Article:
In this engrossing social history of the New York Hasidic community based on extensive interviews, observation, newspaper files, and court records, Jerome Mintz combines historical study with tenacious investigation to provide a vivid account of social and religious dynamics. Hasidic People takes the reader from the various neighborhood settlements through years of growth to today’s tragic incidents and conflicts. In an engaging style, rich with personal insight, Mintz invites us into this old world within the new, a way of life at once foreign and yet intrinsic to the American experience.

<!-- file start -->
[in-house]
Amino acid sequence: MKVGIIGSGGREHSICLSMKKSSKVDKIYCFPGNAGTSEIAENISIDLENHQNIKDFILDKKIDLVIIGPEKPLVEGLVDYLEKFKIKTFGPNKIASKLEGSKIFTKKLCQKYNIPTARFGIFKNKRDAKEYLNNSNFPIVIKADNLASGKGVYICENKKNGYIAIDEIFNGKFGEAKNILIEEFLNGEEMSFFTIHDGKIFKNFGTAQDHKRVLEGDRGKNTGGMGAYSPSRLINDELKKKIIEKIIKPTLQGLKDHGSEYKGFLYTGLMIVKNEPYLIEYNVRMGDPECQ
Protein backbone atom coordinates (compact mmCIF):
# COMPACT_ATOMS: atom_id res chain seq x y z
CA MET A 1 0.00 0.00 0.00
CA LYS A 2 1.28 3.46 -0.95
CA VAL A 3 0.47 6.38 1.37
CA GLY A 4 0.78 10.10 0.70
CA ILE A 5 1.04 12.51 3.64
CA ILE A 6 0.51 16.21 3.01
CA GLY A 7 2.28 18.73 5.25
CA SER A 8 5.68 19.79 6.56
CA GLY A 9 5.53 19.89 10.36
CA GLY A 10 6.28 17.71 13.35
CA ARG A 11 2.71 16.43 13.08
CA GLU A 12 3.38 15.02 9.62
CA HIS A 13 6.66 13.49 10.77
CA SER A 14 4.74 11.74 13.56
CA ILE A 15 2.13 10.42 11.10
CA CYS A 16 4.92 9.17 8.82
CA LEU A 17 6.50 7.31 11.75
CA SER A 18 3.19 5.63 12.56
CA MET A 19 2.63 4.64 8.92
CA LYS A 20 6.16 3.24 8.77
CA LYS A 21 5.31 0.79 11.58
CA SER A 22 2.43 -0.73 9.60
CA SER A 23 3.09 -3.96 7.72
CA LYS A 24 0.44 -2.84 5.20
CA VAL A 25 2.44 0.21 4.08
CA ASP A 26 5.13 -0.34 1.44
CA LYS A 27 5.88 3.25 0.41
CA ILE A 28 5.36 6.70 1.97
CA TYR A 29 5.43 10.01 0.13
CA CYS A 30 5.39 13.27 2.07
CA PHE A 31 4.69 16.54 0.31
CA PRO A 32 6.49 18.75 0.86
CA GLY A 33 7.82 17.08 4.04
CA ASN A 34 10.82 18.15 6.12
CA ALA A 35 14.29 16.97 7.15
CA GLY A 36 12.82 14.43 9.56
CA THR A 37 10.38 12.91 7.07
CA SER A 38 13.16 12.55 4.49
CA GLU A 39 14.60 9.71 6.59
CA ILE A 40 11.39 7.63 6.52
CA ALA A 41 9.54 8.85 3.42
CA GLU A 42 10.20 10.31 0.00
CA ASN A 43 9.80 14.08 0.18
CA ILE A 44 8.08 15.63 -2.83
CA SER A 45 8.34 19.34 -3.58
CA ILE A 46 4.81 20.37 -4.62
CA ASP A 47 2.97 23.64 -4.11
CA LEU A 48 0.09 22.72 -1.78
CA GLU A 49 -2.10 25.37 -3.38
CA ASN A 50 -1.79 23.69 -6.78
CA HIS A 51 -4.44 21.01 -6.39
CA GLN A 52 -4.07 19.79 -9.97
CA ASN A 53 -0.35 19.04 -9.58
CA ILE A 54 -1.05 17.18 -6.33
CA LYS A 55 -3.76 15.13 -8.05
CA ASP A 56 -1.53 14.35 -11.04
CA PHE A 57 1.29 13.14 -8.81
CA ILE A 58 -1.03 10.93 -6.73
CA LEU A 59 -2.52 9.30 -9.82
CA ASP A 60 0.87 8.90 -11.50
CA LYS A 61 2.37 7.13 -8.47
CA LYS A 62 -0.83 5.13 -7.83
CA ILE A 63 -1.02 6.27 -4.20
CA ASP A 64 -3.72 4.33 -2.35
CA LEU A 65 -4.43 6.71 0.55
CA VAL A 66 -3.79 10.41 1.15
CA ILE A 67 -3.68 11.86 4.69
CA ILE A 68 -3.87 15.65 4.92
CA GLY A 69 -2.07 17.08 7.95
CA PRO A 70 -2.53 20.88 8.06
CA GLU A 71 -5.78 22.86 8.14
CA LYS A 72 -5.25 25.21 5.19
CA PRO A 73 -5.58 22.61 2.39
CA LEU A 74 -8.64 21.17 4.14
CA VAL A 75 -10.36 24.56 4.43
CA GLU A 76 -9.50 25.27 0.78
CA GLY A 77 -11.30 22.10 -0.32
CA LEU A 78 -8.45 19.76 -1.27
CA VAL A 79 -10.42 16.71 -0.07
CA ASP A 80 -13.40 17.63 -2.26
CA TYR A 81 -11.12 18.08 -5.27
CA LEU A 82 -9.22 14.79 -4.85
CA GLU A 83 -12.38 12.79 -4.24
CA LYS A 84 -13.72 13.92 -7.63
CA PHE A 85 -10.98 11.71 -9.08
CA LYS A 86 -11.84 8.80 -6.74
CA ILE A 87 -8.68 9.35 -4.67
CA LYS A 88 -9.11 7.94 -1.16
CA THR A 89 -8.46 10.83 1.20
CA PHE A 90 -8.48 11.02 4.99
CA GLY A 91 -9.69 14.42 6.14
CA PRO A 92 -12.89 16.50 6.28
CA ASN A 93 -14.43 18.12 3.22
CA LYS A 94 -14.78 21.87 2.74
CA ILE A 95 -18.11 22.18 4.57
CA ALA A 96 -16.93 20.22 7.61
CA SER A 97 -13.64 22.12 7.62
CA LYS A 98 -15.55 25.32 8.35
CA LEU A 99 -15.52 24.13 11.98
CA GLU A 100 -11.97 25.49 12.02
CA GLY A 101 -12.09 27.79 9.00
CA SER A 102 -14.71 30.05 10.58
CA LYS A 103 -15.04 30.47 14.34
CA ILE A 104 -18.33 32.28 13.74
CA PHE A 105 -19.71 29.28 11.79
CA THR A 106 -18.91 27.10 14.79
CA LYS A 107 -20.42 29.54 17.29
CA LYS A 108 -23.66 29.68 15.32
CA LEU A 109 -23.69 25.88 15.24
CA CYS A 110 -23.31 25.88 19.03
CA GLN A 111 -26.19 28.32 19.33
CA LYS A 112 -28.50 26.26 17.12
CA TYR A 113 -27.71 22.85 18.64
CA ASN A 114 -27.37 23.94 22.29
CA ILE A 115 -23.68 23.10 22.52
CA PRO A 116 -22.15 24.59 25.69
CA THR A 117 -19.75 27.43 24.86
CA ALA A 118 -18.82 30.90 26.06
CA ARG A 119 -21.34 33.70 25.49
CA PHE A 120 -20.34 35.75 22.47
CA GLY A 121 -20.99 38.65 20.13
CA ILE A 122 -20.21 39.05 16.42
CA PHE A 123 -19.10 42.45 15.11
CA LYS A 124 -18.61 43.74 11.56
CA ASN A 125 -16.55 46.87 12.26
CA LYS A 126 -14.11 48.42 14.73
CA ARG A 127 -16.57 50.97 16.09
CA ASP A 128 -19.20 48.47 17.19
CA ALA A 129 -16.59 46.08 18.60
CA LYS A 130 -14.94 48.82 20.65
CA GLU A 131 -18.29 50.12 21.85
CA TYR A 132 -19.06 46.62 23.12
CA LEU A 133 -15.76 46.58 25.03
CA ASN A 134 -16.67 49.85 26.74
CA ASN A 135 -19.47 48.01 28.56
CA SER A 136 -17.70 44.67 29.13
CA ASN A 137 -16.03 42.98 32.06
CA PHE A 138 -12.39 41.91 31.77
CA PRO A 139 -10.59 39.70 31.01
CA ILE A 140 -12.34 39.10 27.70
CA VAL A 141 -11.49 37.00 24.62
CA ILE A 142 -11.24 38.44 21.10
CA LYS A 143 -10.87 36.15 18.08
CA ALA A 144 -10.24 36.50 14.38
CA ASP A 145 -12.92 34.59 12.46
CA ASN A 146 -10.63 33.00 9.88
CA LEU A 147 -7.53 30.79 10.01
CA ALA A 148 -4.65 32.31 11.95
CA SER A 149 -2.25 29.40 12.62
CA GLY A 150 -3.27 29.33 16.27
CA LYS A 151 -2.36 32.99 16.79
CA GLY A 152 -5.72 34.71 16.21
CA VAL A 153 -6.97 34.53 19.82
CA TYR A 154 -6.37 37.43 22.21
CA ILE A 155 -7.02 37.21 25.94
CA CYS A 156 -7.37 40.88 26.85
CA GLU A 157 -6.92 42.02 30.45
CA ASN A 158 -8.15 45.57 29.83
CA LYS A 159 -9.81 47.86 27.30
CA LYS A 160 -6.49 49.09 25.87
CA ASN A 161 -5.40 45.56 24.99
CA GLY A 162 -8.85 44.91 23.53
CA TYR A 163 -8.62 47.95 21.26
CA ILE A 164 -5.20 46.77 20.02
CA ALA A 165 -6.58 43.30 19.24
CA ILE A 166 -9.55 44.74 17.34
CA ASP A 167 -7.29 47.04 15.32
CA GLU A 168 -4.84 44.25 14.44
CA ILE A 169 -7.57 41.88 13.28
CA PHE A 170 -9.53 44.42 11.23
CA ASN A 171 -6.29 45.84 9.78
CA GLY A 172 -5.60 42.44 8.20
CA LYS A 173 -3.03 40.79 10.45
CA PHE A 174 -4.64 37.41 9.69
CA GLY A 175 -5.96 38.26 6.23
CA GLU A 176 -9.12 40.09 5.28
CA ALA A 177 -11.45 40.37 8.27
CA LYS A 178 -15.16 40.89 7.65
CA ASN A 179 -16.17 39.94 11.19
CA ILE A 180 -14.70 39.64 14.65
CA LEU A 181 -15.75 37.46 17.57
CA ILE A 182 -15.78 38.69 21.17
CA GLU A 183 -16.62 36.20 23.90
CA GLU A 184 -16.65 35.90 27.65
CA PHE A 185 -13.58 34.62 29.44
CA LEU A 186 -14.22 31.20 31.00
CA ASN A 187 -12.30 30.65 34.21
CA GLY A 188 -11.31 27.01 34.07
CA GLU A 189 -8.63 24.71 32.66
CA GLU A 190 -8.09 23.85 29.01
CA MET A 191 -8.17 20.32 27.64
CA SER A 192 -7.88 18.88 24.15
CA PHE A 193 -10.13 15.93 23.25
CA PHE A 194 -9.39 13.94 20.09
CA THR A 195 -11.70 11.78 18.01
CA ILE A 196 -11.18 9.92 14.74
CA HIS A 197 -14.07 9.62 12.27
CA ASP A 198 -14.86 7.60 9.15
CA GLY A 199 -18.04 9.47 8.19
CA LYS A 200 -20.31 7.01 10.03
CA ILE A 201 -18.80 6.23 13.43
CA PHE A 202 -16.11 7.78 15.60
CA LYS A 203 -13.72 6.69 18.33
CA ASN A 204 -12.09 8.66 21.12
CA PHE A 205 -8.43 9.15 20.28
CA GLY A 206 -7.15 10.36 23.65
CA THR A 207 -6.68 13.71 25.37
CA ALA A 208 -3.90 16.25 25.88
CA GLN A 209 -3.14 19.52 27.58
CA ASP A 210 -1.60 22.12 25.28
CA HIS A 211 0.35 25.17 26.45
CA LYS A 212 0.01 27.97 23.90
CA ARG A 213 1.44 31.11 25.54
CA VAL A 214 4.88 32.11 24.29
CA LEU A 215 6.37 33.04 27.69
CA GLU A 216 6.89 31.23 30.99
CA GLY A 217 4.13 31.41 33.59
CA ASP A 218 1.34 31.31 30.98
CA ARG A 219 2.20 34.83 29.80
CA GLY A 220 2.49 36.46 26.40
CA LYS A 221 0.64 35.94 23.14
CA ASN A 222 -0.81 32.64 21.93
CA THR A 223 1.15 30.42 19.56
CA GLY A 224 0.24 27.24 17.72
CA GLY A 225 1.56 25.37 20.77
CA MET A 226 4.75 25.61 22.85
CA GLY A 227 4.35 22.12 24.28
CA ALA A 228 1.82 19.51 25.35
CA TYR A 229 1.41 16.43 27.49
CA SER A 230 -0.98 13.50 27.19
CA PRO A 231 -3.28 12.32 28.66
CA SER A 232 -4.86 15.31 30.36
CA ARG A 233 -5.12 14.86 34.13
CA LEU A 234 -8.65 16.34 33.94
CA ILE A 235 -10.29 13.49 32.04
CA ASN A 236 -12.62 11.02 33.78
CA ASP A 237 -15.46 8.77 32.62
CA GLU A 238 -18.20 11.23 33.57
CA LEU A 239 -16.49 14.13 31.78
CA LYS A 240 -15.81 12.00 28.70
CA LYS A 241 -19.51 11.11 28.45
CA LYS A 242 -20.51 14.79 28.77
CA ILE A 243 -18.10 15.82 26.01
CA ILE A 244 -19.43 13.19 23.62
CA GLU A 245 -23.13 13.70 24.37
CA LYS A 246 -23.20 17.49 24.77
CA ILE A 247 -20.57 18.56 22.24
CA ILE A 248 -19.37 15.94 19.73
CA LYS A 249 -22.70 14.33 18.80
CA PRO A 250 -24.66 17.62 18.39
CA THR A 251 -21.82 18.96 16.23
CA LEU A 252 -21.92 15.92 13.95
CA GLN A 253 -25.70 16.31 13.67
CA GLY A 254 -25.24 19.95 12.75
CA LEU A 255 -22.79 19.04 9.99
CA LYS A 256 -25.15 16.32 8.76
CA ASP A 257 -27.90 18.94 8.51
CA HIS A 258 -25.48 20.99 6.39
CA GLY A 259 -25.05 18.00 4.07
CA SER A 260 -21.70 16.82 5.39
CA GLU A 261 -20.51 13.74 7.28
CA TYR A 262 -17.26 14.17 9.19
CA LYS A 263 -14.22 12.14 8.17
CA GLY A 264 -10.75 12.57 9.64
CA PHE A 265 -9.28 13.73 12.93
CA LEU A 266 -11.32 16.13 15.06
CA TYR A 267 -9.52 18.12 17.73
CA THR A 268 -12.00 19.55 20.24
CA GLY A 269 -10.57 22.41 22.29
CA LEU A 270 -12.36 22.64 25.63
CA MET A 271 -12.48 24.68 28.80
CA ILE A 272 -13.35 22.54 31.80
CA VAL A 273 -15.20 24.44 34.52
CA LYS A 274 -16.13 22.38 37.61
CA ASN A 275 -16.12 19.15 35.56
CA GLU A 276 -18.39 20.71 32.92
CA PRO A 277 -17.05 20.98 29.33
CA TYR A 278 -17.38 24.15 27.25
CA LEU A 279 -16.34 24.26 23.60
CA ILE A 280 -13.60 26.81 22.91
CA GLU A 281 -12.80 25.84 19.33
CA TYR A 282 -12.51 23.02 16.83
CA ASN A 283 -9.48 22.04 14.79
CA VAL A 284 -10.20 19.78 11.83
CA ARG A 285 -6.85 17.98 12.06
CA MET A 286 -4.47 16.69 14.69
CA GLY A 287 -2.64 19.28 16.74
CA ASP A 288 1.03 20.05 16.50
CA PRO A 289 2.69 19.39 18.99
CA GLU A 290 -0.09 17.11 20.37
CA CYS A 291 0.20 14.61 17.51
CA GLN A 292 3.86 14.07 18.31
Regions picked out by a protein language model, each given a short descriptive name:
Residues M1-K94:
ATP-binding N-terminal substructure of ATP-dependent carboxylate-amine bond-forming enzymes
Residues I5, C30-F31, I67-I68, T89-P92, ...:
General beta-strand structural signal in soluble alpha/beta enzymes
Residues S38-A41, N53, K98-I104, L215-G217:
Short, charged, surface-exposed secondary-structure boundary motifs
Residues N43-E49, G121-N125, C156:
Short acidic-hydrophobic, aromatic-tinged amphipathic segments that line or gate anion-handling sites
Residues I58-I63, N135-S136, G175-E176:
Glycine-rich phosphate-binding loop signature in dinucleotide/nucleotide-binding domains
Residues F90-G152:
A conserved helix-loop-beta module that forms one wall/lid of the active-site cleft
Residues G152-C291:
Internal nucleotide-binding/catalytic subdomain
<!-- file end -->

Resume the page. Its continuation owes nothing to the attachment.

By letting [his] subject speak for itself, Mintz [allows his] readers to encounter religious belief in all its unwieldy complexity...[His] work reveals a degree of immersion in his subject that few, if any, outsiders have ever achieved.
A wonderful study...At every opportunity Mintz presents verbatim quotations from Hasidim to allow their point of view to permeate the volume.
Readers are escorted through New York's Hasidic community...They not only meet the residents but also learn why they are there, how they live and work and pray, and discover something of their internal politics...This rich ethnography offers detailed insights into a dynamic movement and a volatile community, and its charismatic and demanding leadership.
- 446 pages
- 6 x 9-1/4 inches
- Harvard University Press
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